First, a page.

Dairy diets are requiring more corn to achieve production performance. Corn starch in bags remains a very good buy for fortifying rations deficient in starch, which is common this year. Starch in tote bags, easier for large producers and commercial mills to use, has become much more expensive and difficult to find, as demand has outstripped supplies.

Cottonseed feeding has come back in fashion in the Midwest with its ability to replace some forage while fortifying dietary energy, just what this year’s diets require. At 70 to 73 cents per pound on lint, we’ll likely see the 2020 cotton crop around the same or greater acreage as last year. Everyone is reporting a big crop, with large shipments from the Southeast this year going out to Western dairies to cover Texas cotton crop deficits.

This movement in cottonseed has been unusually extreme. California dairies are threatening that at $330 per ton January to September contract prices, they might reduce usage approximately 20%. This may not make much difference to total cottonseed markets, though, as the Midwest is coming back to cottonseed. Midwest cottonseed prices will stay more reasonable until May to June when they will likely spike as the Illinois River System closes for the summer for lock and dam repairs. There is not enough alternative freight available to completely replace this river movement.

Corn gluten feed prices have been strong, and we expect demand to remain with the present dairy feed situation. Expect dry pellets, in particular, to likely advance in price, as recently one major corn wet miller attempted to buy pellets from another competitive major corn wet miller — an unusual and rare occurrence.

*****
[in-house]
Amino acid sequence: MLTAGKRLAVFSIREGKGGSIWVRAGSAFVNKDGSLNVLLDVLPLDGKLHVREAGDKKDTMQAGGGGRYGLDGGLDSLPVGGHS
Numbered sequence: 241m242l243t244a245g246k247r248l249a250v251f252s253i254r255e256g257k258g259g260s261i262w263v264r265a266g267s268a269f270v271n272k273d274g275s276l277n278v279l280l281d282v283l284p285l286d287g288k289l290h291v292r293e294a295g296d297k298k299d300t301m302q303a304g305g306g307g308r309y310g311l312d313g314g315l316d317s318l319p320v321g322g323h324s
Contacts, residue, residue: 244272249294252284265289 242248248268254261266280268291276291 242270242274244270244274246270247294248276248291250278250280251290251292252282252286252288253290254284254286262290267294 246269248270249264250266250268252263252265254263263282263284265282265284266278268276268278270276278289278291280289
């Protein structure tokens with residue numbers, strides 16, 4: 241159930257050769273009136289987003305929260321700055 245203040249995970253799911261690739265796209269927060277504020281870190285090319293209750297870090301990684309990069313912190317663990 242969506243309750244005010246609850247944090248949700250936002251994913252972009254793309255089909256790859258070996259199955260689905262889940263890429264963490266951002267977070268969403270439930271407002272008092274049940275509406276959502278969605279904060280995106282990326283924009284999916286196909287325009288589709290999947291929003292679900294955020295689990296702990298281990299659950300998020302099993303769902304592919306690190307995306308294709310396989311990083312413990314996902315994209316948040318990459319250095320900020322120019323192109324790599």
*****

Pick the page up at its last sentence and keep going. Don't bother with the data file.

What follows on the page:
Nearly all by-product feeds with a fiber component have become expensive, and often supplies are almost impossible to secure — oat hulls, malt sprouts, oat mill feed, and soybean hulls all generally fall into this category. The exception to this list is wheat midds, which are showing a seasonal decline. Distillers grains also remain a decent buy.

The silver lining

The fourth quarter of 2019 did bring a welcome development of higher milk prices. In mid-October 2019, three cheese traders were short in the near-term on Cheddar blocks and decided it would be cheapest and easiest, while causing less market disruption, to go directly to the Chicago Mercantile Exchange (CME) to buy them. One trader led off the buying, with two traders following. Two of the traders backed off buying halfway through the fall Class III CME milk run-up as they evened their positions while one trader continued to complete the run-up. Once they were covered, all three traders left the market, and the market then slowly backed off and declined.

There had been an imbalance between Mozzarella and Cheddar, with Mozzarella being long and Cheddar just a bit short in the market. While both are priced off the same CME market, the reality is Mozzarella and Cheddar are different markets. Mozzarella, with the price run-up, was not competitive on the world market and was in surplus, becoming uncompetitive for export. We were just a bit short near-term on Cheddar and that was corrected.

We expect stable markets into 2020, with milk supplies remaining very adequate with excellent cheese yields, unlike mid-2019. Unless dramatic developments occur, view any significant market advance as a selling opportunity this year.